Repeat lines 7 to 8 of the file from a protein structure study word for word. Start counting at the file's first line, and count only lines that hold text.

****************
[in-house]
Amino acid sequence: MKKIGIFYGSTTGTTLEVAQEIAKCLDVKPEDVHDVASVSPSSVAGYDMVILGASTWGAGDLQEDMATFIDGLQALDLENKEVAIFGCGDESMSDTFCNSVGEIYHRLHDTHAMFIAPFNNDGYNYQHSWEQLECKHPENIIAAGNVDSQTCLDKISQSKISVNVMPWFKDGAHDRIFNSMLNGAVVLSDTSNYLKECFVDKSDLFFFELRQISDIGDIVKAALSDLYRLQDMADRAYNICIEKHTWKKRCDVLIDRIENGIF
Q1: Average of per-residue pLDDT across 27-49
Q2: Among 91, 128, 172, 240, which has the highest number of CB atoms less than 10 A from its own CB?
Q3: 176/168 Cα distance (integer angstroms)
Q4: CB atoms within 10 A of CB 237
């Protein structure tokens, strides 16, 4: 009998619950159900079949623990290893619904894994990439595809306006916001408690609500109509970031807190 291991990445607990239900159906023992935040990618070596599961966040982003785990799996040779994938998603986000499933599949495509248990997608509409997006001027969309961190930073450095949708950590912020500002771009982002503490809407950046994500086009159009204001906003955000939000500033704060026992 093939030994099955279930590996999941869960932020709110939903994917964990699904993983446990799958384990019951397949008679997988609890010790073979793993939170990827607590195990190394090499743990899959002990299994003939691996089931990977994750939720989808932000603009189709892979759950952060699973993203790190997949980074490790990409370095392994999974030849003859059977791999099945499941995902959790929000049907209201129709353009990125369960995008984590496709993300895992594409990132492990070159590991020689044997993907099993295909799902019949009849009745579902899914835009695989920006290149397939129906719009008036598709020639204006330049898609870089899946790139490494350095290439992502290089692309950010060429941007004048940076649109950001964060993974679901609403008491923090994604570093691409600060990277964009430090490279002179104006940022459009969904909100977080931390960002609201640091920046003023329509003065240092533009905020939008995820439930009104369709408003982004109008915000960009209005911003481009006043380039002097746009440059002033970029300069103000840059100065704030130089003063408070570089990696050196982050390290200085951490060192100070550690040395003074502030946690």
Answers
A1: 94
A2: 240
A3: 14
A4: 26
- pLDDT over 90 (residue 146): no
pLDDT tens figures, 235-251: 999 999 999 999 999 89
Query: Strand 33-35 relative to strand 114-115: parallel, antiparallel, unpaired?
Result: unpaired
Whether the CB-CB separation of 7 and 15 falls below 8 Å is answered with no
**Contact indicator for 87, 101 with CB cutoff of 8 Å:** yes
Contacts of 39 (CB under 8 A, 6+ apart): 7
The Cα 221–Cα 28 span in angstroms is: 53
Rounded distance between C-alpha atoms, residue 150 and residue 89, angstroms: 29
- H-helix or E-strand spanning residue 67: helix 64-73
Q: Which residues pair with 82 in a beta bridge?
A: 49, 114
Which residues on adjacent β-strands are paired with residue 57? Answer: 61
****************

């Protein structure tokens, strides 16, 4: 009998619950159900079949623990290893619904894994990439595809306006916001408690609500109509970031807190 291991990445607990239900159906023992935040990618070596599961966040982003785990799996040779994938998603986000499933599949495509248990997608509409997006001027969309961190930073450095949708950590912020500002771009982002503490809407950046994500086009159009204001906003955000939000500033704060026992 093939030994099955279930590996999941869960932020709110939903994917964990699904993983446990799958384990019951397949008679997988609890010790073979793993939170990827607590195990190394090499743990899959002990299994003939691996089931990977994750939720989808932000603009189709892979759950952060699973993203790190997949980074490790990409370095392994999974030849003859059977791999099945499941995902959790929000049907209201129709353009990125369960995008984590496709993300895992594409990132492990070159590991020689044997993907099993295909799902019949009849009745579902899914835009695989920006290149397939129906719009008036598709020639204006330049898609870089899946790139490494350095290439992502290089692309950010060429941007004048940076649109950001964060993974679901609403008491923090994604570093691409600060990277964009430090490279002179104006940022459009969904909100977080931390960002609201640091920046003023329509003065240092533009905020939008995820439930009104369709408003982004109008915000960009209005911003481009006043380039002097746009440059002033970029300069103000840059100065704030130089003063408070570089990696050196982050390290200085951490060192100070550690040395003074502030946690």
Answers